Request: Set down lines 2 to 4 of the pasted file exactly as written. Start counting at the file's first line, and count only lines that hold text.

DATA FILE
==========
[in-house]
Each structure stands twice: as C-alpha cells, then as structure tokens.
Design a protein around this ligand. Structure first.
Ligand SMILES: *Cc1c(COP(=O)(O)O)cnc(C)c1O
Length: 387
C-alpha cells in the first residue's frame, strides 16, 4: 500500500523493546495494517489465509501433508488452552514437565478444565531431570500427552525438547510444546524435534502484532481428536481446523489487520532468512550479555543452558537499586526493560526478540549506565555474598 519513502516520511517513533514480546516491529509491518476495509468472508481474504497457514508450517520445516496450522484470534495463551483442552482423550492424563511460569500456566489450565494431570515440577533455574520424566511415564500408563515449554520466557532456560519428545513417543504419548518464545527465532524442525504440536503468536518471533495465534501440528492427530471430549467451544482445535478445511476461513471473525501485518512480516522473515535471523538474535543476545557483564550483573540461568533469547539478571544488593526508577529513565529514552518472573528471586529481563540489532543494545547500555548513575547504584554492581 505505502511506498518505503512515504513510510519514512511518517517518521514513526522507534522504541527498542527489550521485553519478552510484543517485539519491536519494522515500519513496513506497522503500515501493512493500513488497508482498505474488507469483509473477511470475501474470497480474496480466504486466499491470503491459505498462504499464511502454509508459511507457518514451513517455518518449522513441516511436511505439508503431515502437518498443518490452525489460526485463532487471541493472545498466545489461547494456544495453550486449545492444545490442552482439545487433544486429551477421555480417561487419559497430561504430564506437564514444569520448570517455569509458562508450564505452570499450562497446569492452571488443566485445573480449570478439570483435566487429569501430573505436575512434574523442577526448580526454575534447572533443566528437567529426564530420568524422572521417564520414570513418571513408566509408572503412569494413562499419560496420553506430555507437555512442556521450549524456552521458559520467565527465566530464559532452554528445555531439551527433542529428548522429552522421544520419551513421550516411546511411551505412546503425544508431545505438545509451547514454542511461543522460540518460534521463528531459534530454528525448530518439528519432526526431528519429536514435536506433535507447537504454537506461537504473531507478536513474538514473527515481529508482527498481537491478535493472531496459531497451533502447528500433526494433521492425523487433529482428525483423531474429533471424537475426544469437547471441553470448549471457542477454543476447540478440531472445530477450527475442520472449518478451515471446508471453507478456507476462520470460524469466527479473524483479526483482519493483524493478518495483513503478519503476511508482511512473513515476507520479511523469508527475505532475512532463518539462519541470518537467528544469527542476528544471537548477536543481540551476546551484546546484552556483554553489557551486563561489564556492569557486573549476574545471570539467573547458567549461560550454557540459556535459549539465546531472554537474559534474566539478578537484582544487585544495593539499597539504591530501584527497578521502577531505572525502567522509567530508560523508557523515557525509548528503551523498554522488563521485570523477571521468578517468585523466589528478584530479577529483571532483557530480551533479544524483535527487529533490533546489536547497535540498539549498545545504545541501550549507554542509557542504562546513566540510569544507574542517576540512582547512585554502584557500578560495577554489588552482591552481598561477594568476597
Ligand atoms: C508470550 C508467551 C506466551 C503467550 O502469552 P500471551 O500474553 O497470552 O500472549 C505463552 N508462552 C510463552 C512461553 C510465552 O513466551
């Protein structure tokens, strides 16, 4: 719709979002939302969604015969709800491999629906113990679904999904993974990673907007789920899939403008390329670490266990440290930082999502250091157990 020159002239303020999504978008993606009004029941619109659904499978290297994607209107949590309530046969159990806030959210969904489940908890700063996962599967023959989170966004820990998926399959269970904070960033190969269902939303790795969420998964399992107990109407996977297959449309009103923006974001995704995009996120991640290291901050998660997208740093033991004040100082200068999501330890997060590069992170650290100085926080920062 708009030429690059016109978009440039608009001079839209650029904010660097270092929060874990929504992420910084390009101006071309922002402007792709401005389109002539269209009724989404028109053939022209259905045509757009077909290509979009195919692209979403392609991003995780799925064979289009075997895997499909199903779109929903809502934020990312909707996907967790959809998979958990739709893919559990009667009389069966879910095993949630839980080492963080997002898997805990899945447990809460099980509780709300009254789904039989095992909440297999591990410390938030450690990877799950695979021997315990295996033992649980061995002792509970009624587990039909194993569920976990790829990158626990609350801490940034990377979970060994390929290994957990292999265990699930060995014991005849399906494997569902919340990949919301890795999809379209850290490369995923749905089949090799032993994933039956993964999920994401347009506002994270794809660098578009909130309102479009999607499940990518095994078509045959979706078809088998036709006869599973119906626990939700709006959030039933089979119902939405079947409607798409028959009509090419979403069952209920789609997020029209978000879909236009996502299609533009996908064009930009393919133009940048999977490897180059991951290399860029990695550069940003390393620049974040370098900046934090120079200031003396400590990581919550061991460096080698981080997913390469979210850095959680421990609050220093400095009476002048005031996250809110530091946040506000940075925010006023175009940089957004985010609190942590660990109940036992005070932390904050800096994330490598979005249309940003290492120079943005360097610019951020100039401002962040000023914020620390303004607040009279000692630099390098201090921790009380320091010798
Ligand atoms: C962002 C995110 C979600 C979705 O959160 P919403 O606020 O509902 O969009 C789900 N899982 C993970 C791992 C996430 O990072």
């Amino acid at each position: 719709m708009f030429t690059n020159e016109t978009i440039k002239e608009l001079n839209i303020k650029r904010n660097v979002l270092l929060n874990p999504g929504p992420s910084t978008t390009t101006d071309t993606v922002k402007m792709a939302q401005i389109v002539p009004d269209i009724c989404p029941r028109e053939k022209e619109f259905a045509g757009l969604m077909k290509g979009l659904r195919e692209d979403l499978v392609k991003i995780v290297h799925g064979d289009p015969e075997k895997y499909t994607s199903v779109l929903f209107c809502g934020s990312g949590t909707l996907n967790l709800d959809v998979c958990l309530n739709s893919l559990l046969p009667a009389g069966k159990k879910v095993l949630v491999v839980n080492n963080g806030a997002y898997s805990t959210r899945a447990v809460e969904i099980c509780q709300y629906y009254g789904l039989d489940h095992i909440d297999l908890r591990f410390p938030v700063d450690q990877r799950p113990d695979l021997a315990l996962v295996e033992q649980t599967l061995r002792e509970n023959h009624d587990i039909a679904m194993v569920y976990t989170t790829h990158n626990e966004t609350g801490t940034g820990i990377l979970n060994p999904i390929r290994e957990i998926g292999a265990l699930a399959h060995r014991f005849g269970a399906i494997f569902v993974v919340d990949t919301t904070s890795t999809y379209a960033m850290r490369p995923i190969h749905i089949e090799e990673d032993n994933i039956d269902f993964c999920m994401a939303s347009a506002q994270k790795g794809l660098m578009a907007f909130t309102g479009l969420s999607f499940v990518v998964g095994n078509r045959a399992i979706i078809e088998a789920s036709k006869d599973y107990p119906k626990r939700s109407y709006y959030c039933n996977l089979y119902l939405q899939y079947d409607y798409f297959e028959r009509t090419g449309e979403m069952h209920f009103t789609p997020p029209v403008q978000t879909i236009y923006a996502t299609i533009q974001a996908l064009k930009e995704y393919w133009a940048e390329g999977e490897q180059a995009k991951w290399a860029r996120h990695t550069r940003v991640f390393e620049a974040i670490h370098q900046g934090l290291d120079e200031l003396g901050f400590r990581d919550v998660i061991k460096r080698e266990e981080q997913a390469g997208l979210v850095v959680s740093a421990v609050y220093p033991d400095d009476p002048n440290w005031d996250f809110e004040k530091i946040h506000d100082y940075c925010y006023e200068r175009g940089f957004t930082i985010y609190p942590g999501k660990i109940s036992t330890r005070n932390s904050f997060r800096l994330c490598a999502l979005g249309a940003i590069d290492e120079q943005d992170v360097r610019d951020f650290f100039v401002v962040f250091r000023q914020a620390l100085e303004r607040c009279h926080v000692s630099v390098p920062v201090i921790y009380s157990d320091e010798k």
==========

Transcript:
Each structure stands twice: as C-alpha cells, then as structure tokens.
Design a protein around this ligand. Structure first.
Ligand SMILES: *Cc1c(COP(=O)(O)O)cnc(C)c1O